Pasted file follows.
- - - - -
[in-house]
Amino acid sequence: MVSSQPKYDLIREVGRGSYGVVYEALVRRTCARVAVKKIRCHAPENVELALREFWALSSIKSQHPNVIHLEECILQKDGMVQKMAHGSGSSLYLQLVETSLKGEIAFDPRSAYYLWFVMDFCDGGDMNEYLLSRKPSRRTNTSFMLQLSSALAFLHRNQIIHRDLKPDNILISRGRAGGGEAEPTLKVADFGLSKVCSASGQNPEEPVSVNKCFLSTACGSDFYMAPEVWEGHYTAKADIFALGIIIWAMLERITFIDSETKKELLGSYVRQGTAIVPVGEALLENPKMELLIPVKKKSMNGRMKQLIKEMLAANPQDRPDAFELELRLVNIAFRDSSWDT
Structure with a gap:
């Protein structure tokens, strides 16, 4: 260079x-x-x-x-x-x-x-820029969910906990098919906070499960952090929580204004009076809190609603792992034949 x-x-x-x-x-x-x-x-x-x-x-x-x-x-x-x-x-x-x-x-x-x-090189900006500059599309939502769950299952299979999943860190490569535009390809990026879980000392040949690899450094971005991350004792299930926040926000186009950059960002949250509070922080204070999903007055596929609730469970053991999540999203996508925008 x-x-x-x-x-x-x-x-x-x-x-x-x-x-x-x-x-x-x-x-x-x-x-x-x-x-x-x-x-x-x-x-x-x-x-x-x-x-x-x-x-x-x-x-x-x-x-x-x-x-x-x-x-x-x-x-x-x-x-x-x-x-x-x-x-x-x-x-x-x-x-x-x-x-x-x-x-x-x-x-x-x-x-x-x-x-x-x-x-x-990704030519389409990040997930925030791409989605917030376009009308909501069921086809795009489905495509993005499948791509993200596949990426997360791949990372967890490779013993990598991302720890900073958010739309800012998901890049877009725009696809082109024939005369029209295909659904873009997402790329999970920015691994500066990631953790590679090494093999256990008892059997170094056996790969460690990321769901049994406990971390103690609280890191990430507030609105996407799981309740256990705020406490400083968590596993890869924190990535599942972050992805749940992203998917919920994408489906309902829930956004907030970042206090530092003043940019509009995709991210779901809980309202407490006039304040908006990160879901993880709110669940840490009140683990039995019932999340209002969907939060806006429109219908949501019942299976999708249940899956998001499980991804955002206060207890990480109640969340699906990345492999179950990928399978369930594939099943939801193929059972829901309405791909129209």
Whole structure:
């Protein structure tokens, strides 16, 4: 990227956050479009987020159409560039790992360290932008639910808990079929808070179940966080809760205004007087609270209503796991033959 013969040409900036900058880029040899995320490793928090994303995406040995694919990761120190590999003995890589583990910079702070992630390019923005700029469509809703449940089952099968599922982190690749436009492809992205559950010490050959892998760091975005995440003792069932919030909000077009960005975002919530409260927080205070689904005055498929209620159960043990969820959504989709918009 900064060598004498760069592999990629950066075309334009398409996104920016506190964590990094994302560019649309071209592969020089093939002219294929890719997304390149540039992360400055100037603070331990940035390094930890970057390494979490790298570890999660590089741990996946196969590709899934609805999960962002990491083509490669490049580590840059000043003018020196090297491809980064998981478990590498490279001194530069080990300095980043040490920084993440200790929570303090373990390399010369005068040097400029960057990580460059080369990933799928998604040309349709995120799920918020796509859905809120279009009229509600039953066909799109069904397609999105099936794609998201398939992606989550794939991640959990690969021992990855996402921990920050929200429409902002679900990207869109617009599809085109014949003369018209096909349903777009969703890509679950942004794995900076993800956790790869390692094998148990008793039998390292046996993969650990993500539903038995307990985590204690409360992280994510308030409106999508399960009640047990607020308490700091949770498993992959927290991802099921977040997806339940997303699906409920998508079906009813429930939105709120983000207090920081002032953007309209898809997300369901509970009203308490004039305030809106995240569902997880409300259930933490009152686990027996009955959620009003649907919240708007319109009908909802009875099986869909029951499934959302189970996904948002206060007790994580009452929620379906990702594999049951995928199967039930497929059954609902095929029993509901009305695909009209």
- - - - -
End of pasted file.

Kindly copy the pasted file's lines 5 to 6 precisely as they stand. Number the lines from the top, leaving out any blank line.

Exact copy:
Whole structure:
């Protein structure tokens, strides 16, 4: 990227956050479009987020159409560039790992360290932008639910808990079929808070179940966080809760205004007087609270209503796991033959 013969040409900036900058880029040899995320490793928090994303995406040995694919990761120190590999003995890589583990910079702070992630390019923005700029469509809703449940089952099968599922982190690749436009492809992205559950010490050959892998760091975005995440003792069932919030909000077009960005975002919530409260927080205070689904005055498929209620159960043990969820959504989709918009 900064060598004498760069592999990629950066075309334009398409996104920016506190964590990094994302560019649309071209592969020089093939002219294929890719997304390149540039992360400055100037603070331990940035390094930890970057390494979490790298570890999660590089741990996946196969590709899934609805999960962002990491083509490669490049580590840059000043003018020196090297491809980064998981478990590498490279001194530069080990300095980043040490920084993440200790929570303090373990390399010369005068040097400029960057990580460059080369990933799928998604040309349709995120799920918020796509859905809120279009009229509600039953066909799109069904397609999105099936794609998201398939992606989550794939991640959990690969021992990855996402921990920050929200429409902002679900990207869109617009599809085109014949003369018209096909349903777009969703890509679950942004794995900076993800956790790869390692094998148990008793039998390292046996993969650990993500539903038995307990985590204690409360992280994510308030409106999508399960009640047990607020308490700091949770498993992959927290991802099921977040997806339940997303699906409920998508079906009813429930939105709120983000207090920081002032953007309209898809997300369901509970009203308490004039305030809106995240569902997880409300259930933490009152686990027996009955959620009003649907919240708007319109009908909802009875099986869909029951499934959302189970996904948002206060007790994580009452929620379906990702594999049951995928199967039930497929059954609902095929029993509901009305695909009209």